So how did I make some lives better? Well a 40 year old son had his mother with him most every day, after 20 years apart. His mother has a grandchild that is with her for part of about 300 days a year. The child’s mother can pursue her goals and have some personal time.

I’m happy as hell, because I love being part of the child’s life, and being accepted as her ‘Papi’, or grandfather. Her biological grandfathers are unable to see her often. My own children elected to be childless, so the stepchild is a dream come true.

As for the marriage, we’re in the 15th year of our honeymoon.

The Human Need for Stupid Stunts

June 10, 2017 1 comment

Bernie and I were both 17 years old. He was a couple of months older than I was, and we were close pals. In fact, our steady girlfriends were identical twins, one with him and one with me. We eventually married the twins, but that’s another story.

One night, Bernie and I went out to the quiet, wide highway 400 to do a stupid stunt. It was in the 1950s, when cars were huge. I was driving my father’s massive, cream coloured ’57 Buick Roadmaster. Bernie was driving his Aunt Lillian’s dark blue ‘53 Cadillac Coup de Ville. We roared up the empty highway at 3:30 one morning. We went side by side, Bernie on my left, me on his right. I powered down my window as did Bernie’s then girlfriend, and I reached to her and she took my hand. We roared up the road at about 100 miles an hour (160 km/h), two feet apart, holding hands, for no reason except the big V8 engines could do it.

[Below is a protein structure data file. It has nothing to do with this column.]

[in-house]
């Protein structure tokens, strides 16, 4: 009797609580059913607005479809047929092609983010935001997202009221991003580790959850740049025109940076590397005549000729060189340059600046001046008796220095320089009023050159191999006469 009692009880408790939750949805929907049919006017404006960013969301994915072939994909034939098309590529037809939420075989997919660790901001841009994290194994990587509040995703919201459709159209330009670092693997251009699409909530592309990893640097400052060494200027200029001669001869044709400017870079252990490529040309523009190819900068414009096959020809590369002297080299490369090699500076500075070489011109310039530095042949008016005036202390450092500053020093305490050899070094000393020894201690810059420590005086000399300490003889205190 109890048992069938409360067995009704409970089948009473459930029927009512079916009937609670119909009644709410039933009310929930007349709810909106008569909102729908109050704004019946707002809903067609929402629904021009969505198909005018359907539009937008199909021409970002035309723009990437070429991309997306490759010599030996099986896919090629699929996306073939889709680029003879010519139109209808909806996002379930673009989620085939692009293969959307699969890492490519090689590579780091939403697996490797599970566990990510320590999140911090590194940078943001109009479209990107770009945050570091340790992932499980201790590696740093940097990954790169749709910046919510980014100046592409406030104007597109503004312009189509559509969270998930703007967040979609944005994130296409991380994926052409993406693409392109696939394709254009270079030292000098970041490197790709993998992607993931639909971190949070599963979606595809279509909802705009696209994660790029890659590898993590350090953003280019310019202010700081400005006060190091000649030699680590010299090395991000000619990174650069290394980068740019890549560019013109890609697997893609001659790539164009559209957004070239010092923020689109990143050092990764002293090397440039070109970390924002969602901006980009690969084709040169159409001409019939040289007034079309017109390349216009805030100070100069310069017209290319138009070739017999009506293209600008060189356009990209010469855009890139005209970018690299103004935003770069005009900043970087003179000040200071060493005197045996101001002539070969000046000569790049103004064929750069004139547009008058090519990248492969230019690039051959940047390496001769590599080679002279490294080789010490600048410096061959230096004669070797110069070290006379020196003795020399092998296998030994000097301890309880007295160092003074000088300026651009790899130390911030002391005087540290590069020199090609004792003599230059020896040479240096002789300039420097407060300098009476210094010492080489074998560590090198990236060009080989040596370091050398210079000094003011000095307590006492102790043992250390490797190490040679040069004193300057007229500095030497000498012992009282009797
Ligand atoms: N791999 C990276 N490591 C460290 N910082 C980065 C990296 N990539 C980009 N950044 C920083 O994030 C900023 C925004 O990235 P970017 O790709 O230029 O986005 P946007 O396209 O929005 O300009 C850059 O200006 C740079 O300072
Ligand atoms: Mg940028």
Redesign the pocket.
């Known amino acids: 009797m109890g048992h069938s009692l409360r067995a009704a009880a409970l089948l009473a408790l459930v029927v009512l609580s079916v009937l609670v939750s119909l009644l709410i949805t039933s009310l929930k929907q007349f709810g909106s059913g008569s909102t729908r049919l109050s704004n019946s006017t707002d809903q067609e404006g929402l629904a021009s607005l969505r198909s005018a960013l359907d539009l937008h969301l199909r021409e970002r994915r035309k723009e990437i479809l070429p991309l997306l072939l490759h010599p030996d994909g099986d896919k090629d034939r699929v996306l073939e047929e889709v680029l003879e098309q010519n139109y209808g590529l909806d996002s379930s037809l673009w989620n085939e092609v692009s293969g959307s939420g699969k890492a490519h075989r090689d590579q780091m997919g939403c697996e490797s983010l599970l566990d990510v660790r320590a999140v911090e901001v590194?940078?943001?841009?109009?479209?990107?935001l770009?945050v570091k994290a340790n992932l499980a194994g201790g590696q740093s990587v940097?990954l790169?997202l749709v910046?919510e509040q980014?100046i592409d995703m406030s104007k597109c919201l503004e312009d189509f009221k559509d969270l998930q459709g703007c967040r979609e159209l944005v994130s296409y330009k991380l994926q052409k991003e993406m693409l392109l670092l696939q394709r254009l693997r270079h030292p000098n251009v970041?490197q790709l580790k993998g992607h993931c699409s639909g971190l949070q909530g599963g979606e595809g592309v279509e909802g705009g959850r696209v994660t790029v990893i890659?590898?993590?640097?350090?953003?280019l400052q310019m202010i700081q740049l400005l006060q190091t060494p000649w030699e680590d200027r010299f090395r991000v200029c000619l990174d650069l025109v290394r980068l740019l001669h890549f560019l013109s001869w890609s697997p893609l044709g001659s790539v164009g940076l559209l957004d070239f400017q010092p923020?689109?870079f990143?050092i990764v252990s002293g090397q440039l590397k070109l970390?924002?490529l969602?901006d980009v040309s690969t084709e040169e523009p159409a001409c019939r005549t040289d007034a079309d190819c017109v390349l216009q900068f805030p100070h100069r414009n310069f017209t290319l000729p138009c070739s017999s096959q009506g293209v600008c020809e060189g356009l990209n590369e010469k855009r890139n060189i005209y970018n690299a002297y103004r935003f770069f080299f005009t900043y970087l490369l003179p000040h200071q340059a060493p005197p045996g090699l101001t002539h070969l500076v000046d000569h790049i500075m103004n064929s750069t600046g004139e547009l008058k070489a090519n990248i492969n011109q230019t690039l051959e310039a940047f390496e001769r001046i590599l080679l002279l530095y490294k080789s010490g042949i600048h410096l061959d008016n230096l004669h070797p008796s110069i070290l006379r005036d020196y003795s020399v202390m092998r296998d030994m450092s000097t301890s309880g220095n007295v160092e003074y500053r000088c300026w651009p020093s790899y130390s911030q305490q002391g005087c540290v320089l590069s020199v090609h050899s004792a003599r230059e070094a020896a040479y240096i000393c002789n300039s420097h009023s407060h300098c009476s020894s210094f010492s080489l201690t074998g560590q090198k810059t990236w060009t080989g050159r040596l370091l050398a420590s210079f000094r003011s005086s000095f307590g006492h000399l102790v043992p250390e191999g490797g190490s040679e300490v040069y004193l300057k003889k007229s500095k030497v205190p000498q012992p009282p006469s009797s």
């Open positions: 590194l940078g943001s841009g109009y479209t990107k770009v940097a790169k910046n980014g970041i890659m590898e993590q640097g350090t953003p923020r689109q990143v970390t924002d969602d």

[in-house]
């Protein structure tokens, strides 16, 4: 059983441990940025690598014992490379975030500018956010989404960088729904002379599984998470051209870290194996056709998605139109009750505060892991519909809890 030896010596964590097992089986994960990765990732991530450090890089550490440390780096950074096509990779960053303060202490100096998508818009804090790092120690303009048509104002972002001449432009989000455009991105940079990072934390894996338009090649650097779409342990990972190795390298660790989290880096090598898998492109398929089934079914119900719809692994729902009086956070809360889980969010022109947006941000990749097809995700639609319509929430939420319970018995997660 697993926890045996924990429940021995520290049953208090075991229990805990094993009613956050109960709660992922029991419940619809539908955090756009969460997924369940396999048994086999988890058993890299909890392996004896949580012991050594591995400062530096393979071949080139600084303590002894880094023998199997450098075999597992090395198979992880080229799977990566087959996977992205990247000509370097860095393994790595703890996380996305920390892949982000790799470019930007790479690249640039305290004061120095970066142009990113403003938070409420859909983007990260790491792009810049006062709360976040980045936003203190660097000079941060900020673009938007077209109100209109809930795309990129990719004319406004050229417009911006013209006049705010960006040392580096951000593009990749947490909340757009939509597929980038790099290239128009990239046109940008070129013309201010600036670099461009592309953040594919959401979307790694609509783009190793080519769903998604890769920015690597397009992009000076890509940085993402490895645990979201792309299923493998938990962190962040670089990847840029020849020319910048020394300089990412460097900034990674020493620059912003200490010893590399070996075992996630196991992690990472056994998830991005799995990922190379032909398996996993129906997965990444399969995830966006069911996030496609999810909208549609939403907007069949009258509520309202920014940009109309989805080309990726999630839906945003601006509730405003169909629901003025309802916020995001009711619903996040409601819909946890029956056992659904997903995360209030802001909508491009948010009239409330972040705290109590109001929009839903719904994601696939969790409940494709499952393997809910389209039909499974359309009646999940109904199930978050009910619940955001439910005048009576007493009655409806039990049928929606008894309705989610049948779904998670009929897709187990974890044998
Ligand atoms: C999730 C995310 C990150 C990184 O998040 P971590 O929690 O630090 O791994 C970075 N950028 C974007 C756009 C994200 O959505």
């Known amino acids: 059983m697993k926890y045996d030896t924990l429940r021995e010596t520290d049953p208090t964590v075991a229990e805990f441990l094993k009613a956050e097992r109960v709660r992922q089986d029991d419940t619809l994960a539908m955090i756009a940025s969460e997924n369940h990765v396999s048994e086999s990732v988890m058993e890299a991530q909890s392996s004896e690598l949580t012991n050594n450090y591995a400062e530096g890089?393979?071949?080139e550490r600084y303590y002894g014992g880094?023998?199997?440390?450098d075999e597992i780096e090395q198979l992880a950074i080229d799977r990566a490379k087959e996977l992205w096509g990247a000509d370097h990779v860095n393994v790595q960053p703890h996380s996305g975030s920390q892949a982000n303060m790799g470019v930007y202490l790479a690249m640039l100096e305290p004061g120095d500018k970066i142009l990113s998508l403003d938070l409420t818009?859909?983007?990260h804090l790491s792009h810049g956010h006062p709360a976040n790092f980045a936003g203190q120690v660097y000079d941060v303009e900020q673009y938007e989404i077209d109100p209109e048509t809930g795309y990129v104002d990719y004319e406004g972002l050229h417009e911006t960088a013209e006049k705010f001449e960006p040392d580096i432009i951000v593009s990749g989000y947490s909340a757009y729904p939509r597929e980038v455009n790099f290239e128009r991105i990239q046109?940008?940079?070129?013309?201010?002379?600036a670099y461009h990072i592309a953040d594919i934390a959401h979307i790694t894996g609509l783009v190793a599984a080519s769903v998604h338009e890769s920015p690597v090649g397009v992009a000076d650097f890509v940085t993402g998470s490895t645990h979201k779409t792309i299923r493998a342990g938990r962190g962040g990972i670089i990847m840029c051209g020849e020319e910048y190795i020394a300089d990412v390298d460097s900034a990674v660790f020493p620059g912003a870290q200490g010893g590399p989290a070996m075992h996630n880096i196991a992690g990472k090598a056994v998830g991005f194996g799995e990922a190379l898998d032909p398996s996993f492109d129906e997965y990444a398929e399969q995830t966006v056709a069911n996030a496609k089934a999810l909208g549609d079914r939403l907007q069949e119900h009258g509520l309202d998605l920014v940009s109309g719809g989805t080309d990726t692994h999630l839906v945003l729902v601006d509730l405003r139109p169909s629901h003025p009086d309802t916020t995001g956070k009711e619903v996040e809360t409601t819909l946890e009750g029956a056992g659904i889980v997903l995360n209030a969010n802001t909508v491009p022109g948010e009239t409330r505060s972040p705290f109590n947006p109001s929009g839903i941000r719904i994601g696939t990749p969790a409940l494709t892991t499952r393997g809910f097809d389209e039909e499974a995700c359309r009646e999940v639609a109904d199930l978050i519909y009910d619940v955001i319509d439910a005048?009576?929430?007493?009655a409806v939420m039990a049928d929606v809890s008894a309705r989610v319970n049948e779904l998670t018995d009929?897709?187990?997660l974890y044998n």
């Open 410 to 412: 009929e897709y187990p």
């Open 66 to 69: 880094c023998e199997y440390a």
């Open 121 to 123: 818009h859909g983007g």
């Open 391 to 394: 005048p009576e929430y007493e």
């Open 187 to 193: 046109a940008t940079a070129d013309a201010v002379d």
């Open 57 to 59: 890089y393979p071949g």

The drive for stupid stunts must be quite strong in some people’s DNA.

In Toronto and Montreal, and perhaps other cities with subways, young people leap onto the exterior of the subway car and cling to the side as the train roars through the dark tunnels. I haven’t heard if anyone’s been killed or injured yet, but it is inevitable. Why do they do it? Perhaps they believe they’re showing courage and skill, although it’s actually reckless and foolish.

We scuba dive amid predators; we race cars; we ride motorcycles across deserts; we sail boats across oceans, for sport. Some of us need the challenge, the risk, the adrenaline dose that comes with pressure or anxiety.

I’ve done a good deal of auto racing, and ridden some motorcycles, and even did a fair amount of hang gliding. I enjoyed all of it, although I don’t really know why, except for the ‘stone’ one enjoys when the adrenaline sharpens all the senses. We see better, we hear more acutely, and our bodies feel fit and strong. I now get a good feeling from reading, writing, drawing and commenting on others’ works.

If one lives past the age of reckless foolishness, one learns the value of deeper activities.

Females Are Better Than Males

June 2, 2017 Leave a comment

I have to admit it. Not that men are nothing, but women bear a greater burden and a greater responsibility in society.

I recall a difficult time in my first marriage. Our second child was a daughter, as was our firstborn. However, this second child had a birth defect, called either Riley/Day or Disautonomia. The child was not responsive to anything, and had difficulty swallowing. Her mother had to give regular blood donations to keep her baby alive, and care for her in every way. Diapers, bottles, crib, bassinet as one needs for a healthy baby. The baby often spent nights in the hospital.